LAS VEGAS—Of all the consumer electronics gadgets shown at CES every year, televisions have generated the most buzz, and it’s been that way for almost two decades. However, given the three-year slump in TV shipments and plummeting prices for ever-larger screen sizes, it was fair game to wonder if this year the television business had finally lost its mojo, taking second place to products like mobile phones, tablets, fitness monitors, and even major appliances after last year’s show.
LG Electronics demo-ed a 98-inch 8K LCD display in its CES booth. Turns out; there were still a few tricks left in the TV bag! Ultra HD (3840x2160) televisions were everywhere at CES, and I do mean everywhere. Sharp, Sony, Samsung, and LG all had a bevy of big 4K TV screens out for inspection, and so did the fast-growing Chinese brands Hisense, TCL, Haier, and Changhong. Even second-tier brands like Westinghouse and JVC announced Ultra HD TV lineups.
OLED INCREASES PRESENCE
Not only was there a plethora of Ultra HD products in the convention center, they showed up in unusual screen sizes (75, 88, 98, 104, and 120 diagonal inches), unusual screen shapes (21:9 “5K” models) and of course, curved LCD and organic light-emitting diode (OLED) TVs. While the LCD models were expected, the OLEDs were not. But LG Electronics has decided they’re all-in with OLED technology and anted up by showcasing seven 4K models at CES, one of which measured 77 inches diagonally and had a flexible screen—tap the remote, and you could flatten or curve it to suit your whim.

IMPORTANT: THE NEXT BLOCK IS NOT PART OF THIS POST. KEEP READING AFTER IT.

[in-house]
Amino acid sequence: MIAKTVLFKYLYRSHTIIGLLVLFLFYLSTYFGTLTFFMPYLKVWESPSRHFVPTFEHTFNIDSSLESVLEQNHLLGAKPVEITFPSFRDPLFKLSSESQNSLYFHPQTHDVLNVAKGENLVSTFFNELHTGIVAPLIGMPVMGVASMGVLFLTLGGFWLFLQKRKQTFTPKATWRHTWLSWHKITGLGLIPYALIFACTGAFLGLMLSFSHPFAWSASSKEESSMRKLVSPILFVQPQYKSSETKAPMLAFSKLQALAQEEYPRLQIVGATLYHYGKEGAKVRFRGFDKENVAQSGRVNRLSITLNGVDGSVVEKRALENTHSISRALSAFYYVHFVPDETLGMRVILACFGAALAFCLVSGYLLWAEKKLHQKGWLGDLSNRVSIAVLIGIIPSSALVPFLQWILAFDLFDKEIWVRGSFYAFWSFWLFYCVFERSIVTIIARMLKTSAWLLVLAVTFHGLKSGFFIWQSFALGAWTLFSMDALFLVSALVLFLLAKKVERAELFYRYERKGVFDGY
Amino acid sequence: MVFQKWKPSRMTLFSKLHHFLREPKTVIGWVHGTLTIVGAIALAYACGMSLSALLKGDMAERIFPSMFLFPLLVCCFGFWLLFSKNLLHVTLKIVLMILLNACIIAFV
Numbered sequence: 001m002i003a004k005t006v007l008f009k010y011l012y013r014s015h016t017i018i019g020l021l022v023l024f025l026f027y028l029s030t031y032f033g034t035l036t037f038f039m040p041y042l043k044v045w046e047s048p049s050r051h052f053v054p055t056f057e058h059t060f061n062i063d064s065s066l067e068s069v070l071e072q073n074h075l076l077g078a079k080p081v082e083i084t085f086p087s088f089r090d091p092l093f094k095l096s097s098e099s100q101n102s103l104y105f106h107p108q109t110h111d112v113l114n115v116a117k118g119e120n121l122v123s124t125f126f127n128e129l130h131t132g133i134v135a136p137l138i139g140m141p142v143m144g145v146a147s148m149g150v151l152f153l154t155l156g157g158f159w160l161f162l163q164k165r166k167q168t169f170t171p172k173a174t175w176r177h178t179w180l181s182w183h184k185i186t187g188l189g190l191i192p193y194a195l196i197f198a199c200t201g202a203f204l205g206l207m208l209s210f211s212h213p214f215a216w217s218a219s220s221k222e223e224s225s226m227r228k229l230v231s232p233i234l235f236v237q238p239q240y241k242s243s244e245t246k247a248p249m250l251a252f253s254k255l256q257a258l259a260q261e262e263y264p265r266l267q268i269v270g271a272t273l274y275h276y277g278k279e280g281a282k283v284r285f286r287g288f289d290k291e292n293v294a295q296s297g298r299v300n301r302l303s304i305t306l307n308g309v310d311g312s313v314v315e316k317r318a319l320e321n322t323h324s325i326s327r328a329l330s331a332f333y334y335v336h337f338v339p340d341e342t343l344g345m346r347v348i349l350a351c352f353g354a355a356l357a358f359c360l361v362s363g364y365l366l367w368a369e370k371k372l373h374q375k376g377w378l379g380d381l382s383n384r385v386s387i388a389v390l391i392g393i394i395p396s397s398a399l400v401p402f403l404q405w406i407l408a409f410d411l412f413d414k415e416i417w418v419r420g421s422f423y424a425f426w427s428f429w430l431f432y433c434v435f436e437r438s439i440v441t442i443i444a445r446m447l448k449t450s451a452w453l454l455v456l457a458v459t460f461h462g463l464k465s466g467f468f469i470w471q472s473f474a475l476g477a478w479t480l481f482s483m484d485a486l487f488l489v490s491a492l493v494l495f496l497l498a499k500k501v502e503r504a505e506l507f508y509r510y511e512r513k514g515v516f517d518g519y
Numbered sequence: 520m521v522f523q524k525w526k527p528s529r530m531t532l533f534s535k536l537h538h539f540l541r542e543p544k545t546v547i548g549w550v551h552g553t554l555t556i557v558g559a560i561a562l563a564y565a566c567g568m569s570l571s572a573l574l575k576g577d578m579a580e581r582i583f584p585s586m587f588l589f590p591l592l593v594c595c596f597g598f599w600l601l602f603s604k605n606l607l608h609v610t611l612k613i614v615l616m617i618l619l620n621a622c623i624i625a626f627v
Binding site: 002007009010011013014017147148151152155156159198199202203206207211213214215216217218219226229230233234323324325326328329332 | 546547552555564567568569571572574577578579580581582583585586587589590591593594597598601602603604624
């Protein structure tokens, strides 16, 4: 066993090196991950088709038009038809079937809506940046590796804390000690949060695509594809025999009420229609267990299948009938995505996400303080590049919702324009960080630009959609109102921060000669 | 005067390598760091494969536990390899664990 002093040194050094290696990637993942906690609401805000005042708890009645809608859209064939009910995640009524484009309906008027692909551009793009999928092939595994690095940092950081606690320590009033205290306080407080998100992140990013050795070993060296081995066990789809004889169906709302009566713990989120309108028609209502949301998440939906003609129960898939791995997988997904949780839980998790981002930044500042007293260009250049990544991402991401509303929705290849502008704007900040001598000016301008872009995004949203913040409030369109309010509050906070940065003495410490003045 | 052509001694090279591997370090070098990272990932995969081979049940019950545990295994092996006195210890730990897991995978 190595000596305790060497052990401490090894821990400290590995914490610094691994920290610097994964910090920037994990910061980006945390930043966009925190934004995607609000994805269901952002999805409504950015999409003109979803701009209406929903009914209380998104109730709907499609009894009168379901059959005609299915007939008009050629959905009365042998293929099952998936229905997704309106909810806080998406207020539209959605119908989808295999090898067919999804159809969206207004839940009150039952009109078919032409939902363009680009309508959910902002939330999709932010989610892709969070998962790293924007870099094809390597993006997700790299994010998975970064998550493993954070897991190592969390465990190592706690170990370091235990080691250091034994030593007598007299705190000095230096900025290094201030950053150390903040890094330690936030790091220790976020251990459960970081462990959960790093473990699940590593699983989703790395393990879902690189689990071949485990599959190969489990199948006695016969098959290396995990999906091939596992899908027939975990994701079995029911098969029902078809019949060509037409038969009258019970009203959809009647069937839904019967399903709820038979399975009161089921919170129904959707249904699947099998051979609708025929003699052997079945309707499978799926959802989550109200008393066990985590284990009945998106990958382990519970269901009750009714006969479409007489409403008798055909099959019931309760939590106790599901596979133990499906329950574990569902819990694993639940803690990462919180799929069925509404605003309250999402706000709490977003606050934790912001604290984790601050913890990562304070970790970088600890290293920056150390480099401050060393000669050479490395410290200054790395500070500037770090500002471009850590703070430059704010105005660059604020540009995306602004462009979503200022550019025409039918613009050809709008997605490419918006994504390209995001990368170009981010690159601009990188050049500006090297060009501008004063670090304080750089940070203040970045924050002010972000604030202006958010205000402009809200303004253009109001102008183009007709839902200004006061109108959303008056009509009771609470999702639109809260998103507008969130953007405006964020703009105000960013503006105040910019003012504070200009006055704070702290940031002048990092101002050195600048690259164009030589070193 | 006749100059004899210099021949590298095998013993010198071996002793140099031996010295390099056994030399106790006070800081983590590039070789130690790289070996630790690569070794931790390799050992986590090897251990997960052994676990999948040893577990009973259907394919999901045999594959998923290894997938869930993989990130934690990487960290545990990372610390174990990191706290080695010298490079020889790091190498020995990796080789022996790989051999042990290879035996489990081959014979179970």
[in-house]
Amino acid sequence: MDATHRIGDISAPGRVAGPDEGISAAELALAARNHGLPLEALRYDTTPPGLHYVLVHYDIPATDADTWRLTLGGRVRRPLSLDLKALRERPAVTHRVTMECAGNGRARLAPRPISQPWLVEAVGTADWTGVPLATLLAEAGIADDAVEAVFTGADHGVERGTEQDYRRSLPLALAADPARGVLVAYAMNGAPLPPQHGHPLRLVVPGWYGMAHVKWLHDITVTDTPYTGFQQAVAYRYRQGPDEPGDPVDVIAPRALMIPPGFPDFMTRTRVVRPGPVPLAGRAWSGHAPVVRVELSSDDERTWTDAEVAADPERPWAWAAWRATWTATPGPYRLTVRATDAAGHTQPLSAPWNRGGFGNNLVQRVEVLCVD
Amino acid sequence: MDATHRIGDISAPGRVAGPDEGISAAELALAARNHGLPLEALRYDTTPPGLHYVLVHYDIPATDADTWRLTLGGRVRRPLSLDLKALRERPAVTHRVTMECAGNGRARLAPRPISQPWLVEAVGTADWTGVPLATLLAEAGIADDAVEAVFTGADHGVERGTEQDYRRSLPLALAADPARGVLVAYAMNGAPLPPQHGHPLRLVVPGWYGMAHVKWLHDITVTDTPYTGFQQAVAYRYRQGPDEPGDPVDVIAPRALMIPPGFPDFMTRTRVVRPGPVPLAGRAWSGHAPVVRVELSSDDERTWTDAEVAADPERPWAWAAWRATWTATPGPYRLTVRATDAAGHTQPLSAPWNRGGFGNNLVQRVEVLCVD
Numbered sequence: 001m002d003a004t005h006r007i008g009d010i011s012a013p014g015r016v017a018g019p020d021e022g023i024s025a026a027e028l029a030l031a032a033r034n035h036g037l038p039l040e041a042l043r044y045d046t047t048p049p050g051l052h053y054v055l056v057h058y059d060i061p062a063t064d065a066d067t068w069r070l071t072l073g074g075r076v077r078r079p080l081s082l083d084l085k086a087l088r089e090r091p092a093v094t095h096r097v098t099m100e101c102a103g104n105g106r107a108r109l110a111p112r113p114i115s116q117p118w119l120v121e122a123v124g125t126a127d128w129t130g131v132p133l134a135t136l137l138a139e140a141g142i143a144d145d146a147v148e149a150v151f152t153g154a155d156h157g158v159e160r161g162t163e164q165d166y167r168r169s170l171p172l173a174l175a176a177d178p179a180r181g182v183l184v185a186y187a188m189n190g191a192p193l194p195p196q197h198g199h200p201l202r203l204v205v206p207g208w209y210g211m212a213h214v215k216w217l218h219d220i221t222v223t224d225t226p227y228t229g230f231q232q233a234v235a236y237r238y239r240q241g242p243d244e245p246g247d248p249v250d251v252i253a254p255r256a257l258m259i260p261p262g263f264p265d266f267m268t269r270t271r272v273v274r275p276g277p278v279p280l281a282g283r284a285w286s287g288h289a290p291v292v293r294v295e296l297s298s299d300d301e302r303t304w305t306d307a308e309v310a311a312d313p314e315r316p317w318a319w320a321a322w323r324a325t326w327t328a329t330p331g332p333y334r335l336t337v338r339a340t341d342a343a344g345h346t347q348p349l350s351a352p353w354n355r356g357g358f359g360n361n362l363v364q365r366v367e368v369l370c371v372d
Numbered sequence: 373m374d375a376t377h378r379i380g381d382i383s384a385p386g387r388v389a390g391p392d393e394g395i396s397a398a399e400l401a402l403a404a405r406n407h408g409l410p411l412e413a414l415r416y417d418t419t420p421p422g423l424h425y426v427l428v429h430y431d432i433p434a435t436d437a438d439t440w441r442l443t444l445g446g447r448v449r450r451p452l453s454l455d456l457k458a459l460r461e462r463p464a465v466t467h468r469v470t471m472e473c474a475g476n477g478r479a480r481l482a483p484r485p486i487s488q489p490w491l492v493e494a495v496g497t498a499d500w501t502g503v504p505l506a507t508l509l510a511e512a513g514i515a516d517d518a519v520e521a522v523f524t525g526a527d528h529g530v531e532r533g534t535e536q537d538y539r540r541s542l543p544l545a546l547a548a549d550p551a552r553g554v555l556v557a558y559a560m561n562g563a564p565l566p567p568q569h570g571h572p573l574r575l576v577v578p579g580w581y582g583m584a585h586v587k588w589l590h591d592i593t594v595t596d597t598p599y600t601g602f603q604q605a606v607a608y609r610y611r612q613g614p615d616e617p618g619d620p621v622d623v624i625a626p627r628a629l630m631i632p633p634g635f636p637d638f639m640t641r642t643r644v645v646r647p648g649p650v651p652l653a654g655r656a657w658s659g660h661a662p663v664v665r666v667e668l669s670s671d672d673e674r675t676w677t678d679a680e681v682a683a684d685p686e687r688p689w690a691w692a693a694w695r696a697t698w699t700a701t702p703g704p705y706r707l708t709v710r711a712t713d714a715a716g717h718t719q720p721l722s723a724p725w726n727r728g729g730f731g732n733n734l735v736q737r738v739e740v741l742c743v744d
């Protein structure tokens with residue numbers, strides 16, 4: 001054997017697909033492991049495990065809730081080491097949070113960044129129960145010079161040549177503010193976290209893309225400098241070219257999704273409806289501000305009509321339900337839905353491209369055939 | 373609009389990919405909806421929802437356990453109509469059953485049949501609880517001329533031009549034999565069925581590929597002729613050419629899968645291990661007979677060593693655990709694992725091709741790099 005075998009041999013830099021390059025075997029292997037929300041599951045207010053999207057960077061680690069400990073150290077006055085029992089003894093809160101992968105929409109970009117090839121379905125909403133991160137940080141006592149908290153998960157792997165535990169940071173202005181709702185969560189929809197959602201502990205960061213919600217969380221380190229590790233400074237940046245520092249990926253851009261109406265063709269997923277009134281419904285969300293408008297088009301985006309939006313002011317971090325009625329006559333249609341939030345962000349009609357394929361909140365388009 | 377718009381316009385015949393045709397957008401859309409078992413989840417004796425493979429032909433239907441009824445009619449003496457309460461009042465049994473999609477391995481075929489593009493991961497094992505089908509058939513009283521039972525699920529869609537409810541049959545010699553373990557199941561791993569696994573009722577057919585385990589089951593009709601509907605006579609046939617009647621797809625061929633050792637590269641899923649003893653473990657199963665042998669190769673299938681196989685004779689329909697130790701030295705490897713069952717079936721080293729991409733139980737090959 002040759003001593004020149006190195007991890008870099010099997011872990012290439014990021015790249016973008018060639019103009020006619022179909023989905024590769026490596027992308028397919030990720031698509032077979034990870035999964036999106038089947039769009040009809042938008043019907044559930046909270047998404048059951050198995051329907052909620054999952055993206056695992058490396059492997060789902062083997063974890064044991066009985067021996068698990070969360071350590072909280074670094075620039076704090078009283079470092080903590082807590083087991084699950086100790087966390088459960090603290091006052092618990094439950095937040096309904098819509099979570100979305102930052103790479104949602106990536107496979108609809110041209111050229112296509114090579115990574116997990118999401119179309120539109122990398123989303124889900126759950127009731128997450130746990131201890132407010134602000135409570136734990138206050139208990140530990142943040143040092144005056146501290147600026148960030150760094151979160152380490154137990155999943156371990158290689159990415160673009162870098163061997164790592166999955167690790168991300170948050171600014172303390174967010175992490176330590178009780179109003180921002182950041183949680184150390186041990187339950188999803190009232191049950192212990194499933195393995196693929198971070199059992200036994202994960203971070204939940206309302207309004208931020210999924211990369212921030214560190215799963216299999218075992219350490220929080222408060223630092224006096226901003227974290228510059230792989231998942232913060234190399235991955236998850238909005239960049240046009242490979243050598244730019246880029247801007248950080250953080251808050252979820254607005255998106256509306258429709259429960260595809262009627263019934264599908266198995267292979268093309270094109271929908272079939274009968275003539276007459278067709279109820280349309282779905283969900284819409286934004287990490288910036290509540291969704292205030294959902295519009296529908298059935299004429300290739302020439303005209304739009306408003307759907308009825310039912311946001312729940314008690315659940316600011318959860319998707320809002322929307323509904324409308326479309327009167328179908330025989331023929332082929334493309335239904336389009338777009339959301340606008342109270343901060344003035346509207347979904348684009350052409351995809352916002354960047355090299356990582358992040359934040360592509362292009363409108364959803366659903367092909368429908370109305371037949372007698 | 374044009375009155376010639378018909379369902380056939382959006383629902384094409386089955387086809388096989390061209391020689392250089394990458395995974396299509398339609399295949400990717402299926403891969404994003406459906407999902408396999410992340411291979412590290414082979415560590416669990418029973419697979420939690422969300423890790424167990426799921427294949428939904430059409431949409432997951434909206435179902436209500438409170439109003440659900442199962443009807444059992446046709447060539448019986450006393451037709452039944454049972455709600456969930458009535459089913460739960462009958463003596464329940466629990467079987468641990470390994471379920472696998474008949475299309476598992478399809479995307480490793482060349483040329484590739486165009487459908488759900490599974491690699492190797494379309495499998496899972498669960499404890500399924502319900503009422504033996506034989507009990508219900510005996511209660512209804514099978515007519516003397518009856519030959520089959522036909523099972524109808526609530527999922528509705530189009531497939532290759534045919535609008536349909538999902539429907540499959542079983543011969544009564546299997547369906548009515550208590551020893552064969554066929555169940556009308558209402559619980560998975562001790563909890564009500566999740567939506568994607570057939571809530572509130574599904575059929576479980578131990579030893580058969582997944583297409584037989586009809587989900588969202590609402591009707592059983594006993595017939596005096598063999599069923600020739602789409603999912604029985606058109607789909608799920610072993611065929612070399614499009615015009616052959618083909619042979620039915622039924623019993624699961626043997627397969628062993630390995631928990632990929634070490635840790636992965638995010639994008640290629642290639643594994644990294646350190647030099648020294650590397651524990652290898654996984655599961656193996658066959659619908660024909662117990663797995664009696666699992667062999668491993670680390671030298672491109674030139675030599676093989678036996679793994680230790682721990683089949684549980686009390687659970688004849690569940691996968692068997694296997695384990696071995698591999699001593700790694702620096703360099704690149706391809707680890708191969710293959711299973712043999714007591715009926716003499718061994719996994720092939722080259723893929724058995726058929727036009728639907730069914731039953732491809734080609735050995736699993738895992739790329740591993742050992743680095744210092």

Right now, LCD technology is on the top of the heap, accounting for almost 93 percent of all television shipments worldwide in 2013. Still, LCD displays are challenged to provide consistent picture quality when viewed from any angle, not to mention high contrast and low black levels. And that’s where OLED TVs come in: They’re emissive displays, just like the late, lamented plasma TVs. But they can operate at much lower voltages than plasma and come smoothly out of jet black, producing bright, saturated colors with high dynamic range.
The problem with OLED displays of any kind has been manufacturing yields, which for years were well below 20 percent. But LG claims they are now seeing yields of 70 percent or better for their white OLED process. (These OLEDs are combined with color filters to produce RGB images.) Samsung also introduced an OLED TV last year, but quietly pulled it from retail a few months later, most likely due to low yields.
LG’s display manufacturing subsidiary has ramped up OLED production so much that they’re now selling panels to the aforementioned Chinese brands, mostly in the flat profile. But the Chinese made a decision over a year ago to focus on super-sized Ultra HDTVs in their own factories, relying primarily on LCD technology. Some of these factories also manufacture panels for mainstream Japanese and Korean brands: Samsung is a joint partner with TCL in a factory in Shenzen, China that makes 85-inch and 110-inch 4K LCD panels.